CLINIC and partners sue Trump administration to stop illegal attack on permanent residency for TPS holders with U.S. citizen spouses and children

SILVER SPRING, Maryland — Representing the Central American Resource Center and seven people with Temporary Protected Status, or TPS, CLINIC, Democracy Forward, Montagut & Sobral PC and Debevoise & Plimpton LLP sued the Trump administration to block a policy issued by an unauthorized federal executive, U.S. Citizenship and Immigration Services’ Acting Director Ken Cuccinelli.

The lawsuit, filed on Aug. 26, 2020, in the U.S. District Court for the District of Columbia, seeks to stop the Trump administration from denying access to lawful permanent residency to people with TPS who legally qualify for green cards. Cuccinelli’s action, couched as a mere “update” to the agency’s policy manual, eliminates TPS holders' ability to adjust status, with profound and devastating impacts on their lives.

Read more about the lawsuit here.

“This major change affects the futures of TPS holders who have lived in the United States for years,” said Anna Gallagher, CLINIC executive director. “TPS was created by Congress thirty years ago to stabilize the lives of people who fled war, conflict and natural disasters. CLINIC will continue to advocate for the hundreds of thousands of people with TPS, and challenge the administration in court when it breaks the law.”

The USCIS policy is unlawful in part because it was issued by Cuccinelli, whose appointment violated the Federal Vacancies Reform Act. In March, a federal judge sided with CLINIC and partners in another case, ruling that he lacked authority to perform such functions. On Aug. 13, the government withdrew its appeal in that case and the next day, the Government Accountability Office announced that the appointment of both Cuccinelli and Acting Secretary of Homeland Secretary Chad Wolf were deemed invalid.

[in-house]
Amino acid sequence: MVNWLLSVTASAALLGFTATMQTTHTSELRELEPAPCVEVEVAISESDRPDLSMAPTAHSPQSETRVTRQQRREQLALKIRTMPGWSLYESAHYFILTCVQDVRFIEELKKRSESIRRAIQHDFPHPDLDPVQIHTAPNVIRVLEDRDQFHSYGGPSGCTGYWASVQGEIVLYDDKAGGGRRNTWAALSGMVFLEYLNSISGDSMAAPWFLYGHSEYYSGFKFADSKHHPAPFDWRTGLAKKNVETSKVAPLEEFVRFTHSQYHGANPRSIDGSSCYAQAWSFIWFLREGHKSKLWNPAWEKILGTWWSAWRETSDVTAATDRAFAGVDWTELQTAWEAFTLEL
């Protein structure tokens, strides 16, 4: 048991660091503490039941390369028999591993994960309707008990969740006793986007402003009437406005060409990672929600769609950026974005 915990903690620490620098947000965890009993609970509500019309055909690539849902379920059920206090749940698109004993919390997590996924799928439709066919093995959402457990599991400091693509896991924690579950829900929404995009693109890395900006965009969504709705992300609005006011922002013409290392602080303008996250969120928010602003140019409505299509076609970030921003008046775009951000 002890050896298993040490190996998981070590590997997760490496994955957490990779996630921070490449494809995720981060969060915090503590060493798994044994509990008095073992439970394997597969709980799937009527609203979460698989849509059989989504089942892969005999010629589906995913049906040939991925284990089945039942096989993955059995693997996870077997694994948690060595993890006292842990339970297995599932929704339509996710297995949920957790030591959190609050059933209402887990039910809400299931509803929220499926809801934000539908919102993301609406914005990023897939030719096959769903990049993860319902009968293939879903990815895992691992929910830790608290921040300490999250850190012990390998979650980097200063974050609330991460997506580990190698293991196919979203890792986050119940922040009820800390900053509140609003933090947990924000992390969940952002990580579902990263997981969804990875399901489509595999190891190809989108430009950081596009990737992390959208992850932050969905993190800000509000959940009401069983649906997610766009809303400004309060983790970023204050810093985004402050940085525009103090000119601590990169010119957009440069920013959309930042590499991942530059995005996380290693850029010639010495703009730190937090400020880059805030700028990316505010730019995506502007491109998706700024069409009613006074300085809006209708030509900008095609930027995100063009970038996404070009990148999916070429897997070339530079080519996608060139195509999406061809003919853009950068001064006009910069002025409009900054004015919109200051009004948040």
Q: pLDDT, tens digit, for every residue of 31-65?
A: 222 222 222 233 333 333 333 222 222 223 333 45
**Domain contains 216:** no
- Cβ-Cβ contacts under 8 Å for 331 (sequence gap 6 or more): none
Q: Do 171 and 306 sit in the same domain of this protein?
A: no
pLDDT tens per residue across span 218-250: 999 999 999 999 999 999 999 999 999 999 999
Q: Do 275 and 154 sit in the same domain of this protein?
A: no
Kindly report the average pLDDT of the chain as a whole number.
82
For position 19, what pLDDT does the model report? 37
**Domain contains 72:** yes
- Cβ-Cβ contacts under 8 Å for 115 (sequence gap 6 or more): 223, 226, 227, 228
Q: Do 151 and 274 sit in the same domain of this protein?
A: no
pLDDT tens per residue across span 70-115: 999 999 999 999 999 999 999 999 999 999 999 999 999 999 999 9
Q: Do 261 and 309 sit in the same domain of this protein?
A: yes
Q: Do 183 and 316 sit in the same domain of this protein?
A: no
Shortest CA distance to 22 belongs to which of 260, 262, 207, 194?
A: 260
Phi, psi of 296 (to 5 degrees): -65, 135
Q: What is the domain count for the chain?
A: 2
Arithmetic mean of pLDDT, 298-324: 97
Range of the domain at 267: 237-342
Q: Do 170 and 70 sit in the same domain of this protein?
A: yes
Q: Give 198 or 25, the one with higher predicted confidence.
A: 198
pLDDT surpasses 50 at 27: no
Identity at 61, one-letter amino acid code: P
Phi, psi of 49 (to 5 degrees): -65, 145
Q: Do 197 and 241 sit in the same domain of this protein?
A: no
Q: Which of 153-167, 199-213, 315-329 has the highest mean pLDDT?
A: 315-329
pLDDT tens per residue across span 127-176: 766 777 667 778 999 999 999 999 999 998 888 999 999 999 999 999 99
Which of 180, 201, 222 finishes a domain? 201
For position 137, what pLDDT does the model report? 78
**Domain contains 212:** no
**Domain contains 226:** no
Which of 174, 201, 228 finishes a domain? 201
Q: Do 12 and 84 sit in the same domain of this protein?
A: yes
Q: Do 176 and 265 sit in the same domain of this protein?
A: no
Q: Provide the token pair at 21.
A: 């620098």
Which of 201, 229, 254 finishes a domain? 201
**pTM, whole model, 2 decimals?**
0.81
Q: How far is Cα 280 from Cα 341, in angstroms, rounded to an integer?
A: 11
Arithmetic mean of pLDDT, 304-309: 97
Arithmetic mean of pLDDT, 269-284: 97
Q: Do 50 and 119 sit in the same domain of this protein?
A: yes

Michelle Mendez, director of CLINIC’s Defending Vulnerable Populations Program, added: “USCIS broke the law to avoid public scrutiny, circumventing notice and comment requirements in the Administrative Procedure Act. The agency issued this policy in late December 2019, a time when many people would be away from work and spending time with family. They wanted to push this major change forward as surreptitiously as possible. People with TPS have contributed much to the United States and do not deserve this treatment from the country they call home. This policy issued by Cuccinelli, an unauthorized executive, must be found invalid too.”

In addition to litigating to protect the rights of people with TPS in the United States, CLINIC advocates for the extension, redesignation and initial designation of TPS for nationals of countries experiencing conflict and instability, in line with Catholic Social Teaching and values.